"For Environmentally Sustainable Economy"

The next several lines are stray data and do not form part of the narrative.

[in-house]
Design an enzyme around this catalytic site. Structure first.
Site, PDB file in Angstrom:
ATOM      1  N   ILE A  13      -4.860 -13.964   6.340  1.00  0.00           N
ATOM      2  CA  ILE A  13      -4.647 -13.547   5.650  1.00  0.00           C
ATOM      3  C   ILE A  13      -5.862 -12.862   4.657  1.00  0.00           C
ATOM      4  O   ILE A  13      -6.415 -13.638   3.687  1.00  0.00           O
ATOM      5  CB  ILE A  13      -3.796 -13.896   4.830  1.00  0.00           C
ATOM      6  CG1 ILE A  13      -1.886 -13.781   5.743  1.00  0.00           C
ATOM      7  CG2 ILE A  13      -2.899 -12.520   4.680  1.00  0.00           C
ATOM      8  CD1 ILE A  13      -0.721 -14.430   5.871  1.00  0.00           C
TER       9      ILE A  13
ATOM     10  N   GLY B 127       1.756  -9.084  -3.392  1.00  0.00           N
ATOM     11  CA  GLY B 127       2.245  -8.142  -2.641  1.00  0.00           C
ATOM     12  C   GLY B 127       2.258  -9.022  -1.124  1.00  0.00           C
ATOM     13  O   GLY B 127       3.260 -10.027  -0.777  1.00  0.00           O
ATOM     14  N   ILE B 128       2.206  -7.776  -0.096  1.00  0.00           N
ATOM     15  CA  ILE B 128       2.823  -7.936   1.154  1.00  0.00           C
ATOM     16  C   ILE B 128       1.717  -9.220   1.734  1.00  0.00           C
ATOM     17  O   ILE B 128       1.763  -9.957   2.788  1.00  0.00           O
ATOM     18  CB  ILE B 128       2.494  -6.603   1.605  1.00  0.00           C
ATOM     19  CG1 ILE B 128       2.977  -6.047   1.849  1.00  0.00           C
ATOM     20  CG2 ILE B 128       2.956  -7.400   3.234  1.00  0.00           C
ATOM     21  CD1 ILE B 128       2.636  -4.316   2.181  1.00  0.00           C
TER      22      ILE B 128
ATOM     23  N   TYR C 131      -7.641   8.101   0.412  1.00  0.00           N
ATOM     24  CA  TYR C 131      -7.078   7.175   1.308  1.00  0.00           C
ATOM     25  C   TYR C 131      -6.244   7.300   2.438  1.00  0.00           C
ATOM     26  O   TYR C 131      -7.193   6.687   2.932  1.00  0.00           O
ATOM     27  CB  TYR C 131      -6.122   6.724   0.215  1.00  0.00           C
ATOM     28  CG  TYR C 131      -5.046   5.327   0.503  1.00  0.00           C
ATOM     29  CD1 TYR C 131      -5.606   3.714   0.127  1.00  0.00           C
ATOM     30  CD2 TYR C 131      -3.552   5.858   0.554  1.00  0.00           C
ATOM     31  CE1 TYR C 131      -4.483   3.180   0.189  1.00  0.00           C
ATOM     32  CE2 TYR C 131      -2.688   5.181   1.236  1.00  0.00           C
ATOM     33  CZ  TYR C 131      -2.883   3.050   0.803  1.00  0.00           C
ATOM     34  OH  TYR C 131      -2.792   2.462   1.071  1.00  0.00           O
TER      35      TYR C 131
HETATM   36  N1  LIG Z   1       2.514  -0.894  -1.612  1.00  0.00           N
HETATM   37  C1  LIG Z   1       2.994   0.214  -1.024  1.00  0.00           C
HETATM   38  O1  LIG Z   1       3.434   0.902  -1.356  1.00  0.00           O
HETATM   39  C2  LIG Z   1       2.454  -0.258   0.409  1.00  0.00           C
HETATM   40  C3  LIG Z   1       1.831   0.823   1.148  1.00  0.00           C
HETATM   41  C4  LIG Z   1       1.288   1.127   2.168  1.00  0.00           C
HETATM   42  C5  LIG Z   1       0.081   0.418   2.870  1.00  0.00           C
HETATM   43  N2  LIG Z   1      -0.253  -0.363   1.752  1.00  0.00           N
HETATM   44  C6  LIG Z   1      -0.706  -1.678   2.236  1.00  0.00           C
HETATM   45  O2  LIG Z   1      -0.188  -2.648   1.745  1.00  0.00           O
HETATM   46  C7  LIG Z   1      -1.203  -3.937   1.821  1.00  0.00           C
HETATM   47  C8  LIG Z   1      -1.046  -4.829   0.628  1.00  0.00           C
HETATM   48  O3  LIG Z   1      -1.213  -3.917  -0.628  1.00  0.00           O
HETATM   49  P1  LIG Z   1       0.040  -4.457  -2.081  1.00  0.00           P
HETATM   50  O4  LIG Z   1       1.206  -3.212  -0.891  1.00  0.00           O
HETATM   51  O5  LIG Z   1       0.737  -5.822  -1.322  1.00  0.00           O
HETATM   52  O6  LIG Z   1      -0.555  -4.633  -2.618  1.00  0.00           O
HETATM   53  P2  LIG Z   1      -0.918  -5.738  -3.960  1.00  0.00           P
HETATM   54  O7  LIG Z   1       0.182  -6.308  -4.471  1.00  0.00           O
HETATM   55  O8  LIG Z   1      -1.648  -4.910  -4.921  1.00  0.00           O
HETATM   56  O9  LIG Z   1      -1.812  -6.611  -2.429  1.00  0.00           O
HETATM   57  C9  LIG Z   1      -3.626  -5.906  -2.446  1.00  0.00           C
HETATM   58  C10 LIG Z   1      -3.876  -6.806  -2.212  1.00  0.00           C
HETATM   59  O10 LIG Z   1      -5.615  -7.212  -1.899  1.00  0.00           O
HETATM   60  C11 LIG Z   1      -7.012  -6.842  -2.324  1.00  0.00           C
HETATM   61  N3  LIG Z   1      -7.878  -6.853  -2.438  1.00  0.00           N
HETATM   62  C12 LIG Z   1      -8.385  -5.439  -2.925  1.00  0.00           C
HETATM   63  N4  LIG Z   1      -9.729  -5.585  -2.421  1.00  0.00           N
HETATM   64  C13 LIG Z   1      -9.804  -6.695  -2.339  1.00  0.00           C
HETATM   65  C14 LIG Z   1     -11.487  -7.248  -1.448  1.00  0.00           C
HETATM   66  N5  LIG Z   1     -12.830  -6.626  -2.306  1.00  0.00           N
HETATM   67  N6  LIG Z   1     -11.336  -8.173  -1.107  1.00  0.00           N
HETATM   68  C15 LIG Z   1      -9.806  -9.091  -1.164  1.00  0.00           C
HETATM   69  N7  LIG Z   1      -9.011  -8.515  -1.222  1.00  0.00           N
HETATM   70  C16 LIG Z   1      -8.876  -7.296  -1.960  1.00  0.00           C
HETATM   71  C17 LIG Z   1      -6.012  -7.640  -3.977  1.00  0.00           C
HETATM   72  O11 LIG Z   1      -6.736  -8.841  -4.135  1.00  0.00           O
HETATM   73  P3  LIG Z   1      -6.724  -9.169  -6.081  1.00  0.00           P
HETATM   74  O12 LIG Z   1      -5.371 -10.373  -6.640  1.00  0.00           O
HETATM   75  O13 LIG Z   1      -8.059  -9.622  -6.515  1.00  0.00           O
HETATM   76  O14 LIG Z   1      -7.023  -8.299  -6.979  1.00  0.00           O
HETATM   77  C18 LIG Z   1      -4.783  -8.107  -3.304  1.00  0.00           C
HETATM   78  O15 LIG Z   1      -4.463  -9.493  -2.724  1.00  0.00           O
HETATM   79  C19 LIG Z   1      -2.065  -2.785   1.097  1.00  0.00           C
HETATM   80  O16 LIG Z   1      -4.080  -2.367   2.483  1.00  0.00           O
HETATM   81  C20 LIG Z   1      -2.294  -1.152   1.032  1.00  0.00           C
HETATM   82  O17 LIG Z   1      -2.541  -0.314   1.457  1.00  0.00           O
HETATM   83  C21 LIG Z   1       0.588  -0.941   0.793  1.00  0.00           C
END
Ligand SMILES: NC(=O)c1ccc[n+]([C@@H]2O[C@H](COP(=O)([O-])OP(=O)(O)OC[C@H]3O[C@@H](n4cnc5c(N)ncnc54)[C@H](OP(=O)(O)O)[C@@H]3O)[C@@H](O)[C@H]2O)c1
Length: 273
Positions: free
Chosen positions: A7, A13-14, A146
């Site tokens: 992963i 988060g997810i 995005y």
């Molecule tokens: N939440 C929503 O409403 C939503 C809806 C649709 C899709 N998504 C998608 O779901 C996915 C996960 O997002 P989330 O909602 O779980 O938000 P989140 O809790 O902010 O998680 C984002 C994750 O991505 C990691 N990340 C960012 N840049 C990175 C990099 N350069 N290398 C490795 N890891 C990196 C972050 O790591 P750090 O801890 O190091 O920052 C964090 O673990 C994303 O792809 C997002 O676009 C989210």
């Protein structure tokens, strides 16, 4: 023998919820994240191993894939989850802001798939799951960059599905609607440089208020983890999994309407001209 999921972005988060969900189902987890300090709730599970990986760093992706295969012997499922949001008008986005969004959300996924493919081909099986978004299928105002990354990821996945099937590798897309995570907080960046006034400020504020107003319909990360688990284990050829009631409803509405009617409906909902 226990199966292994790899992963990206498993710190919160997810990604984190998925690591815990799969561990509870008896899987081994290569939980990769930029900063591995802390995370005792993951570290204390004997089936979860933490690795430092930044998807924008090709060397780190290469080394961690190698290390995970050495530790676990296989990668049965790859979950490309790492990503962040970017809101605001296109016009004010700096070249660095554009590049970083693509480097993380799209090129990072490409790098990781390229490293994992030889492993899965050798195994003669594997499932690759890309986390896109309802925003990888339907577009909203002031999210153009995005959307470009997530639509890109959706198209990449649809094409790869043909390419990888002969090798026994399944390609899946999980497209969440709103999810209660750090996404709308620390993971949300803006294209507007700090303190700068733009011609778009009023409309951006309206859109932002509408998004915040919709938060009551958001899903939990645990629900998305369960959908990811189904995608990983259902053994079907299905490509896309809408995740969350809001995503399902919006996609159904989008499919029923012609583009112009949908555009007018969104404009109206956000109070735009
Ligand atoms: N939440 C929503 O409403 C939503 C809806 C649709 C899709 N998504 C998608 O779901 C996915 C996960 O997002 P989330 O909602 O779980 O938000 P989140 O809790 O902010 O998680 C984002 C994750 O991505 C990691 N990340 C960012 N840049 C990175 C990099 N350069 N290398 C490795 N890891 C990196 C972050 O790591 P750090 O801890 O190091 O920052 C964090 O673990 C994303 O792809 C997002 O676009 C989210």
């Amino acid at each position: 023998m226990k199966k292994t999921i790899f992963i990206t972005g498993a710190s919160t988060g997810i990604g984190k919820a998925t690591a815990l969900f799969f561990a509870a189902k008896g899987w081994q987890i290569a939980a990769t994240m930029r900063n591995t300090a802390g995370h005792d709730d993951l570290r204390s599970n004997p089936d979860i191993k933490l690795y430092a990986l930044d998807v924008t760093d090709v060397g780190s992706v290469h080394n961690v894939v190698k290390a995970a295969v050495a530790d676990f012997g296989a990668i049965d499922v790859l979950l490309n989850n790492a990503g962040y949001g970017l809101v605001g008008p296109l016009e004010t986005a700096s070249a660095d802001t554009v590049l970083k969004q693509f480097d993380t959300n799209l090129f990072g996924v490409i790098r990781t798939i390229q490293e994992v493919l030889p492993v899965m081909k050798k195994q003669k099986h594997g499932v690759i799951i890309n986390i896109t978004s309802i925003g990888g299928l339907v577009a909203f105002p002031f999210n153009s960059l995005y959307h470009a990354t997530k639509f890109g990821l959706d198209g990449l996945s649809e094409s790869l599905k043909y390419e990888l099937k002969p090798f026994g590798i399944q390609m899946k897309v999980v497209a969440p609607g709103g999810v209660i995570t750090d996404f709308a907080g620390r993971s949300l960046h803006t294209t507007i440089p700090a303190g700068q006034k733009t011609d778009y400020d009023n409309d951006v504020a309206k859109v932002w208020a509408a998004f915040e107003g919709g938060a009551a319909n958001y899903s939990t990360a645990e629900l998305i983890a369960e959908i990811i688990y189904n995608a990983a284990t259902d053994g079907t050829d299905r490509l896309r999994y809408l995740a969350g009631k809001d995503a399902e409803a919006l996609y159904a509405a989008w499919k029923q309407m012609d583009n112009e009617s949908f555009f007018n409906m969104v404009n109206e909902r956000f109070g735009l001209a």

For Environmentally Sustainable Economy Shigetaka SEKI Director for Environmental Affairs METI/Japan 11 December 2002 1 Evolution of Issues Policy Issues Local Pollution Domestic Environmental Problems Global Environmental Problems Policy Approach Addressing Pollution Prevention of Environmental Problems Integration of Environmental Consideration into Economy 2 History of Environmental Issues in Japan #1 Late 19c- Water and air pollution increased - mining and refinement - combustion of coals ‘50- Pollution by heavy metals, SOX, NOX ‘60- Smoke-Emissions Regulation Law ‘62 Environmental Pollution Prevention Framework Law ‘67 Air Pollution Control Law ‘68 Water Pollution Control Law ‘69 3 History of Environmental Issues in Japan #2 ‘70- Noxious sludge in ponds and bays White smog in cities PCB, Pollution of soils by heavy metals Eutrophication of ponds, etc. (e.g., red tide) Environmental Protection Agency ‘71 Assessment and Control of Newly Produced Chemicals Law ‘73 Environmental Protection Law for the Inland Sea ‘1973 4 History of Environmental Issues in Japan #3 ’80 Eutrophication remained, Organic halides in water Waste disposal became a serious problem NOX from automobile remained a problem Ozone hole Environmental Assessment Ordinances (Tokyo, Kanagawa) ’80 Quantitative control of total NOX emissions ’81 NOX emissions control to cover gas turbine and diesel engines ‘87 Control of tri and tetra chloro-ethanes in water ’87 Ozone Layer Protection Law ’88 5 ‘90 - Today Mass production/consumption and disposal Natural resources consumed in mass Disposal of noxious substances increased Capacity for waste treatment limited and illegal dumping increased Significant negative impacts on ecosystem Still not on a sustainable path! 6 Current Situation of Wastes 1. Wastes from Industry(400mt/year) mining 7％ paper & pulp 7％ chemicals 5％ Iron & Public utilities construction agriculture others steel 20% 19%. 19% 13% 7% food 3％ 2.Wastes from General Sources(50mt/year) electric appliances Est.2% automobile Est.10% apparel Est.2% furniture Est.2% Garbage containers papers Est. 30% Est.25% Est.25% others Est.4% 7 Future should be ... Recycle-oriented economy - Reduce the use of resources - Increased use of wastes as resources - Reduction of waste disposal Prevention of damages by hazardous substances - Reduction of chemical use - Improved safety use of chemical products Fully controlled flows of wastes and chemicals - Life cycle monitoring & assessments 8 Path for the Future - Rigorously pursue efficient use of resources - Change products and manufacturing to be recyclable - See the wastes as reusable resources - Use the functions instead of possess the goods - Actively take ex ante measures => 3Rs x 3 Areas 9 #1 Recycle oriented Products and Services Reduce the use of resources by Increased efficiency of process Switching to recyclable materials Designing easy-to-recycle (reuse) products Greening industrial processes to reduce wastes 10 #1 Recycle oriented Products and Services continued Reuse the products and/or parts by Efficient disassembling of products into parts Decomposition of polymers to monomers Improved assessment of quality and reliability of used parts Improved repair of products and parts Extensive standardisation of parts and materials 11 #1 Recycle oriented Products and Services continued Recycle the products, parts and/or energy by Improved recovery of reusable materials from waste Efficient use of wastes as energy sources Distribution network for recyclable goods and materials Markets for recyclable goods and material Expansion of facilities for recycling of and recovering from wastes 12 #2 Mitigation of Climate Change Reduce GHG emissions by Efficient use of energy Conversion to less GHG emitting fuels Efficient energy (and heat) supply systems such as fuel cell Improved city infrastructure for efficient transportation 13 #2 Mitigation of Climate Change continued Replace GHG emitting fuels/substances by Renewable sources of energy (PV, winds. etc) Nuclear Alternative gases for HFH, PFC and SF6 Recovery (plus sequestration) of GHG by Carbon sequestration Efficient use of biomass Use of CO2 as chemical materials 14 #3 Environmentally friendly use of Chemicals Reduce the use of chemicals by Conversion to biotechnology Conversion to recyclable materials Replace the chemicals and products by Environmentally no-affecting substances Hazardous-metals free substances Bio-degradable substances Re-mediation of environment by Improved technology Detoxification of chemicals Biotechnology 15 Strengthening the base for environment oriented economy Through LCA (Life Cycle Assessment) Strengthening knowledge and technology base Disclosure of Information 16 LCA (Life Cycle Assessment) Development of methodologies Monitoring and assessment of distribution and use and the environmental impacts of products and wastes Assessment of environmental performance of economy by LCA criteria Eco-labelling 17 Strengthening knowledge and technology base by Fundamental principles for environment-oriented design Development of hazard assessment measures DB for PRTR(pollutant release and transfer registry) R&D for 3x3R Technologies Standardisation 18 Disclosure of Information Collection and publication of data (e.g., CO2 emissions, PRTR, MSDS) Environmental labelling 19 Opportunities for the Business Sector Environment means business (200mUSD or 2%GDP in ’97 to 360mUSD in ‘10) - Recycling - Waste treatment to resources - Environmental assessment - Environmental consultants/ESCO - Environmental consideration as a source of competitiveness New products & technologies - Additional value on environment-friendly products - Improved corporate image - New system technology (e.g., HEMS, BEMS) - Repair, reuse, recycle business - Improved productivity 20 Public Policies for recycle-oriented economy Promotion of Reuse of Resources Law ‘91 Environmental consideration in product design Selective collection of used resources (Waste Separation) Labelling, etc. Framework Law for Recycle Oriented Economy ‘01 Basic principles, Responsibilities of government, business and citizens National Plan, etc 21 Laws for Wastes and Recycle For wastes: Wastes Treatment Law (amended in ‘01) Proper waste management Regulation on facilities and business Standard Setting For recycle: Effective Use of Resources Law ‘01 Promotion of recycle Improved design and materials for recycle Separation of recyclable goods Effective use of byproducts 22 Recycle and Green Purchase - Recycle Law for Containers ‘00 - Recycle Law for Electric Appliances ‘01 - Recycle Law for Construction Materials ‘02 - Recycle Law for Foods ‘01 - Recycle Law for Used Automobile ‘02 - Preceded by Used Automobile Recycle Initiative ‘97 Plus sectoral guidelines (35 product areas, 18 industrial sectors) - The Law for Green Purchasing ‘01 - Regional initiative: Eco-towns, 16 areas (‘02/5) 23 Scheme under the Used Automobile Recycle Law ※１ authorisation First owner ※１ or current owner Flows of used car/parts Fee for recycling Used car Money flows Request for payment Fund Final Owner manger ※ The third parties can take the responsibility in the absence of persons with duty payment Delegation of Automobile manufacturers/ importers ２ car registration Used car Transfer obligation licence Dealers hand over, take back of Used car Transfer obligation Recycle for themselves or by commision freon (obligation) licence recovery of freon gas Fee for recovery Used car Transfer obligation Had over, take back of air-bugs (obligation) Parts for licence reuse disassembling Markets Fee for disassembling for Transfer obligation used parts, Hand over, take back of metals metals, etc shredder dusts licence shredder ※２ 24 Public Policies for Climate Change Mitigation The Framework Law to Address Global Warming (revised in ‘02) Comprehensive Policy Package of 2002 Dual goals of environment and economic growth Step-wise approach Contribution by all sectors Efforts by all countries => Policy performance to be reviewed in 2004 25 GHG reduction targets 1. CO2 from Energy Use (+0%) 2. Non CO2 GHG reduction (-0.5%) 3.Innovative Technology and Behavioral Approach (-2%) 4. HFC, PFC, SF6 (+2%) 5. Sinks (-3.9%) 26 Breakdown of Targets for Energy Use/Production End Use Energy Efficiency Improvement (22mtCO2/y) Industrial Sector Voluntary Programmes Introduction of energy efficient technologies Commercial and Households Sector Energy Management Bench-Marking to Top-Runners (products) Transport Sector Bench-Marking to Top-Runners ITS, modal shift to sea shipment, etc. New and Renewables Energy Sources (34mtCO2/y) Biomass, PV, solar thermal, wind, fuel cells, etc. Fuel Conversion (18mtCO2/y) Conversion to natural gas Extension of gas pipeline and grids Nuclear 27 Limitations For industry Objectivity of criteria for environment-friendliness Incremental costs > added value Prisoners’ dilemma Conflicts between the laws for waste and recycling Boundary between local governments For nation Impacts on competition (absence of equal-footing market) Incomplete loop for recycling due to international trade 28 Solutions (domestic) Solidify environmental values for environment-oriented market => standards, SRI, disclosure, Green Purchase Regulations Co-ordination with local governments e.g., Environment-friendly industry complex Economic instruments 29 Solutions (International) International rules, guidelines, standardisation Fair, coherent and consistent efforts by all countries Compatibility of products and materials 30 For Global Collaboration Technology transfer to and Information Sharing with developing countries Capacity Building (including sharing experiences) Technology and needs assessment Business sector involvement New Opportunities Growing awareness of environmental issues in developing countries Kyoto Mechanisms: CDM, JI 31 Closing For Sustainable Development Environment and Economic Growth: Dual Targets Environment should mean Opportunity Environment should mean Business Environment should be dealt with globally 32